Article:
2 Tablespoons olive oil
2 cups all-purpose flour, sifted
2 cups white whole wheat flour, sifted
1 cup whole milk, room temperature
1 large egg, slightly beaten, room temperature
First, bloom the active dry yeast. In a small bowl with lukewarm water, add the honey and stir to dissolve. (Since my honey was cold and not pourable, I made sure the water was slightly warmer to get the honey to dissolve, then waited for it to be lukewarm.) Add the yeast and let it alone for 10 minutes.
While yeast is blooming with the honey, in a food processor, add the malunggay leaves, margarine, and oil, and pulse for a short bit, just until leaves are coarsely chopped. You can also just manually chop leaves and mix the margarine and oil into it in a bowl.
In a stand mixer with the dough hook attachment, place the flours, half the milk, egg, and the yeast/honey mixture and mix on medium for a minute. Stop the mixer and scrape the bottom and start the mixer again on medium, slowly adding the rest of the milk to dry areas, until dough starts to form. Continue to mix dough for a few minutes, and add the malunggay leaves/margarine/oil mixture in increments until fully incorporated and mixed in with the dough.
Continue to mix on medium/high for a few more minutes, until dough appears smooth and elastic and cleans the sides of the bowl as it mixes, it should be somewhat sticky, but not too hard to remove from the dough hook and bowl.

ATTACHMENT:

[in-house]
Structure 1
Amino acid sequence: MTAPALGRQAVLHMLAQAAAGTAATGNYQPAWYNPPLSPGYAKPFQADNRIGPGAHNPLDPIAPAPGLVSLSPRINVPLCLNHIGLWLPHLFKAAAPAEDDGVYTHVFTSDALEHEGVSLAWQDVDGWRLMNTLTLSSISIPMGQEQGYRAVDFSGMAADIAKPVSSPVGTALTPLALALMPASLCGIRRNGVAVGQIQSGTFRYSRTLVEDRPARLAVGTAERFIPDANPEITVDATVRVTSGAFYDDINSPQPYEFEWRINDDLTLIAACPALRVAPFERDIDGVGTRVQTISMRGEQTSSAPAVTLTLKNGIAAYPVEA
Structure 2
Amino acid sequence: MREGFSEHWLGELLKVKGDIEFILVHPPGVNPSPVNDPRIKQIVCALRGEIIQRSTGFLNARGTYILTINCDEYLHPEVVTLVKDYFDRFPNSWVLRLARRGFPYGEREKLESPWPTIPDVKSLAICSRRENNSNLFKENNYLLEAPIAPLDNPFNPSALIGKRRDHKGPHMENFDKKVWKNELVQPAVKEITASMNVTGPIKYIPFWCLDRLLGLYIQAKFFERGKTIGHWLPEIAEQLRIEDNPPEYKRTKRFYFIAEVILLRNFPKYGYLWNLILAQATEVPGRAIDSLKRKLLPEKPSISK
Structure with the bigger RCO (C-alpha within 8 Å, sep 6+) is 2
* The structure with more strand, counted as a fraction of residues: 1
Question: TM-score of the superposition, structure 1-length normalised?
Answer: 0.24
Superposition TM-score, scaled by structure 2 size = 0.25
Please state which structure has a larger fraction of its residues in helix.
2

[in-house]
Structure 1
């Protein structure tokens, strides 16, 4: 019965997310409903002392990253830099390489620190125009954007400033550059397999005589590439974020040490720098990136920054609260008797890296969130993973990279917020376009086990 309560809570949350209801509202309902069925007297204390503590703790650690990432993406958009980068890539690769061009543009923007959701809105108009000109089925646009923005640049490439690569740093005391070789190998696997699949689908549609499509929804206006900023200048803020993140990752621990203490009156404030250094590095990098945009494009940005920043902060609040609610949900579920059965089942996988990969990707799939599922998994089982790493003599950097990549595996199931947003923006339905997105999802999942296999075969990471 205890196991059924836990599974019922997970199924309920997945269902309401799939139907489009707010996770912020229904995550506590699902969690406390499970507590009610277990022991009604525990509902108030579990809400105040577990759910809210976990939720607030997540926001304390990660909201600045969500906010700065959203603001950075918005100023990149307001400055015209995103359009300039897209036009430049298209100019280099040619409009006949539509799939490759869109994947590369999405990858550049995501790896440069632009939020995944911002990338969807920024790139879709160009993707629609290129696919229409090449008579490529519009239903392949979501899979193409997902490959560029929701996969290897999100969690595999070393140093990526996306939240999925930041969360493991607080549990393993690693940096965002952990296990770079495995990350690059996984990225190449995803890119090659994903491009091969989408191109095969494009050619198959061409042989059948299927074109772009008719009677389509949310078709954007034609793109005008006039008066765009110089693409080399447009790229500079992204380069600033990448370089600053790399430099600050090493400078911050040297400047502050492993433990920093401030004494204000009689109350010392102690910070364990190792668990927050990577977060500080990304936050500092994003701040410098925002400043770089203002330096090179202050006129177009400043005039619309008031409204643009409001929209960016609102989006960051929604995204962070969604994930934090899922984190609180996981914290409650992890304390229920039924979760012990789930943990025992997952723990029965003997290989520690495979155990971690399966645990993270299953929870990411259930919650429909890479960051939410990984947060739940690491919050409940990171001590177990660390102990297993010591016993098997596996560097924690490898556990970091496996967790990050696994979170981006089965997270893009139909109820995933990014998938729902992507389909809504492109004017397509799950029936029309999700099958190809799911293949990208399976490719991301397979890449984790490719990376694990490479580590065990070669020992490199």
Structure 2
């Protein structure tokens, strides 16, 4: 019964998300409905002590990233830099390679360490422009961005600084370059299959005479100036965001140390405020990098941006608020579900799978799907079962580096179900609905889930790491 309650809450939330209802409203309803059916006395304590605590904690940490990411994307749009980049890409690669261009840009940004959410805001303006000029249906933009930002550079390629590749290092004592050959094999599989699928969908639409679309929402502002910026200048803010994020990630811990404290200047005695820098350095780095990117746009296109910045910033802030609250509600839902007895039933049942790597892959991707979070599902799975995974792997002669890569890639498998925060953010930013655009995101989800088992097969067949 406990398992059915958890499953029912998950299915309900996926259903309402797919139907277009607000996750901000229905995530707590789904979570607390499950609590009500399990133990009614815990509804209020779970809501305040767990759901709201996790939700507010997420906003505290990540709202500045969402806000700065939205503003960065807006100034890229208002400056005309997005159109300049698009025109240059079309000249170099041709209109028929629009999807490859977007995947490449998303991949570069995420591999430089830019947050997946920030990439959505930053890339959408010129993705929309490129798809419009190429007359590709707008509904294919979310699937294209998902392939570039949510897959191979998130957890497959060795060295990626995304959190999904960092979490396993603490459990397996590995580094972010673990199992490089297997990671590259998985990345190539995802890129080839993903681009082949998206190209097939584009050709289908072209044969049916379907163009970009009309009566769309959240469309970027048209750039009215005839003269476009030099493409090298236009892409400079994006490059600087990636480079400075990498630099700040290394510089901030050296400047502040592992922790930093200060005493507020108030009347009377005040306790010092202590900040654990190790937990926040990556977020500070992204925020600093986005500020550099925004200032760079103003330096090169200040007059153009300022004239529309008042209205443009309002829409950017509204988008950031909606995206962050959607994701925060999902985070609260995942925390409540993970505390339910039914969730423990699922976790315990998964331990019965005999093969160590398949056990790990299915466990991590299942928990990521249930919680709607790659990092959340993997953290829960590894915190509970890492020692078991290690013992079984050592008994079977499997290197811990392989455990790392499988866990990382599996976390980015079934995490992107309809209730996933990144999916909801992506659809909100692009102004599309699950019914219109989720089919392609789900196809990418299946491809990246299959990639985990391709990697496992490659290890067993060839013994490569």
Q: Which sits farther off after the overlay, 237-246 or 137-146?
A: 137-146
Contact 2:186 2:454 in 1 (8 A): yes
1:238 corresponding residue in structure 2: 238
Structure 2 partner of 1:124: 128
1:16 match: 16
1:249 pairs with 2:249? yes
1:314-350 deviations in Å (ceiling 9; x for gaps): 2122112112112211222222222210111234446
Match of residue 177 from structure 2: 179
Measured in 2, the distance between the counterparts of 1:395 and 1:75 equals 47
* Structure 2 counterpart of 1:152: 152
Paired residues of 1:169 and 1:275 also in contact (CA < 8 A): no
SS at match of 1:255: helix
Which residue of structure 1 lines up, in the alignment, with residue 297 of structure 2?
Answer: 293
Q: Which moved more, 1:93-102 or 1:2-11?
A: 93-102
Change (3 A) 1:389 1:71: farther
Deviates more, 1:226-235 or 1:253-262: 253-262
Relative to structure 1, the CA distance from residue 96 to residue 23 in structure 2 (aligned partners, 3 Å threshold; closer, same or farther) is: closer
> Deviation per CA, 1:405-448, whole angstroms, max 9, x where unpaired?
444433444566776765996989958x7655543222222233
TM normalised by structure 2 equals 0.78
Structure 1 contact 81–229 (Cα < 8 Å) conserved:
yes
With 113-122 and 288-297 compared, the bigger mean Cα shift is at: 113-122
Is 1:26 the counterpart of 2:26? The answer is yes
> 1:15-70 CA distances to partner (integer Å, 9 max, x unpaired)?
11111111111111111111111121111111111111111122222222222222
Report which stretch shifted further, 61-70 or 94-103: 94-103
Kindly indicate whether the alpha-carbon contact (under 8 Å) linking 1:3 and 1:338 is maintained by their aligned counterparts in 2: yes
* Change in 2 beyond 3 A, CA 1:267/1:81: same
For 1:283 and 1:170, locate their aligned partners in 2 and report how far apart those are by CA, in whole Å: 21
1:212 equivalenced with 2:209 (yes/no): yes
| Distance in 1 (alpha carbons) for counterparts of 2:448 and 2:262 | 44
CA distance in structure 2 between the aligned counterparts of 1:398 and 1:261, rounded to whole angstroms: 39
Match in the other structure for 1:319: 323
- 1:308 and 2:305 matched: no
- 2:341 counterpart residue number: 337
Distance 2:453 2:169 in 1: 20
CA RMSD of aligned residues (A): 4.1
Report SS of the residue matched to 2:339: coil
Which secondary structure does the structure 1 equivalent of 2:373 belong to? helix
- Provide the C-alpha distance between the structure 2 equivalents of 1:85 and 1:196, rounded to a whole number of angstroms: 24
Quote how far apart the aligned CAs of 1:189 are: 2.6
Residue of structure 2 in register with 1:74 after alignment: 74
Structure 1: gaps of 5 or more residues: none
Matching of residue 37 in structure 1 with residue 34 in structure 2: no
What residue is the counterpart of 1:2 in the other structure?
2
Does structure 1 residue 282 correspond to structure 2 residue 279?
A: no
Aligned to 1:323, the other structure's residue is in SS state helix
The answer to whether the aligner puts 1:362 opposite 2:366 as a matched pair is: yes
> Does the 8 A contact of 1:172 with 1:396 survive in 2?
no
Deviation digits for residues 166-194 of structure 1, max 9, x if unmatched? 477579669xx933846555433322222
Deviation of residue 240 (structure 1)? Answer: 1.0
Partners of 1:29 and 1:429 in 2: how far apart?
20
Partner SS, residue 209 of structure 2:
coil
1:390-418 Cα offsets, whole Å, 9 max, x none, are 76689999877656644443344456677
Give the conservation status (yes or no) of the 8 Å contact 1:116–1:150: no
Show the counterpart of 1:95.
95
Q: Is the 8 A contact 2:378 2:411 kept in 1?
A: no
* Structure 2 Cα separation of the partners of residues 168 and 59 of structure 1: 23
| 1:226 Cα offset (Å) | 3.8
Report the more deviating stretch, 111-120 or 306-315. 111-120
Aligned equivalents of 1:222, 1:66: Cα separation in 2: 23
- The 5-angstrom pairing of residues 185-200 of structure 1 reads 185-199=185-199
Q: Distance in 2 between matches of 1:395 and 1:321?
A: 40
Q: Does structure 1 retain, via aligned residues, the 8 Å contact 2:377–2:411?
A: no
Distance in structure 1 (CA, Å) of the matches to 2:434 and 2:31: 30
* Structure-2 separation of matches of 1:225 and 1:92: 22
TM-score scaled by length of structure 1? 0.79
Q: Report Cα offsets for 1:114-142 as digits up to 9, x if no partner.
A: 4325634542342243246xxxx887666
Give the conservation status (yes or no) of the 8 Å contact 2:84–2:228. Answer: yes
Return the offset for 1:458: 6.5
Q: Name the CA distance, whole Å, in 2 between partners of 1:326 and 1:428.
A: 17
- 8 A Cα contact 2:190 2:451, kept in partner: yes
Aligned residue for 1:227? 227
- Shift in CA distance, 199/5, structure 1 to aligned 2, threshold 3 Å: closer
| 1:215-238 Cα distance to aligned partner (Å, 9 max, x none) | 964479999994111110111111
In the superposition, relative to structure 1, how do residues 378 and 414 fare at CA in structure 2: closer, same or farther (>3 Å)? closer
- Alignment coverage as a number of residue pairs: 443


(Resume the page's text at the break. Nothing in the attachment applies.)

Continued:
Remove from the bowl, form into a ball and place in a bowl lightly coated with oil, turning once to coat all areas of the dough. Place plastic wrap or a cloth over the top of the bowl and leave it in a warm place, until doubled in size.
When doubled in size, punch dough down to deflate and knead by hand for a minute. If you want to make the rolls the next day, you can put it back into the bowl and cover again with plastic wrap and place it in the fridge.
When ready to make rolls, take dough out of the fridge and let sit in the bowl on a counter for about an hour. Then divide the dough into 20 equal parts. I had a weight scale, so was able to weight the dough and divide them equally into 20 pieces that I rolled into balls, but you can also just make a roll of dough about 20 inches long, like a sausage, and just eyeball or estimate the size by cutting the roll in half, then cutting those halves in half, which would give you four equal parts that you could then cut into five equal pieces.
Roll each in a bowl of breadcrumbs, coating all areas of each roll. Do not skip this step, since this is the most definitive thing that makes it Filipino Pandesal.
Place on a baking sheet, each roll spaced about one inch apart from another. Cover with plastic wrap loosely and let sheet sit in a cool area for about another hour or so, depending on the heat and humidity. Do not let dough over-ferment, though.
Rolls are ready for baking when poking a finger slightly in one of them doesn’t make it spring back right away but takes a couple of seconds. Dough is over-fermented or spent if dough doesn’t spring back at all, and it isn’t because it’s too cold.
Sprinkle with extra bread crumbs on any roll that appears to be lacking breadcrumbs on tops.
Bake for about 20 minutes, until golden brown and fluffy on inside with a harder exterior on outside. Cool slightly before enjoying with your favorite meats, cheese, spreads, or even by itself!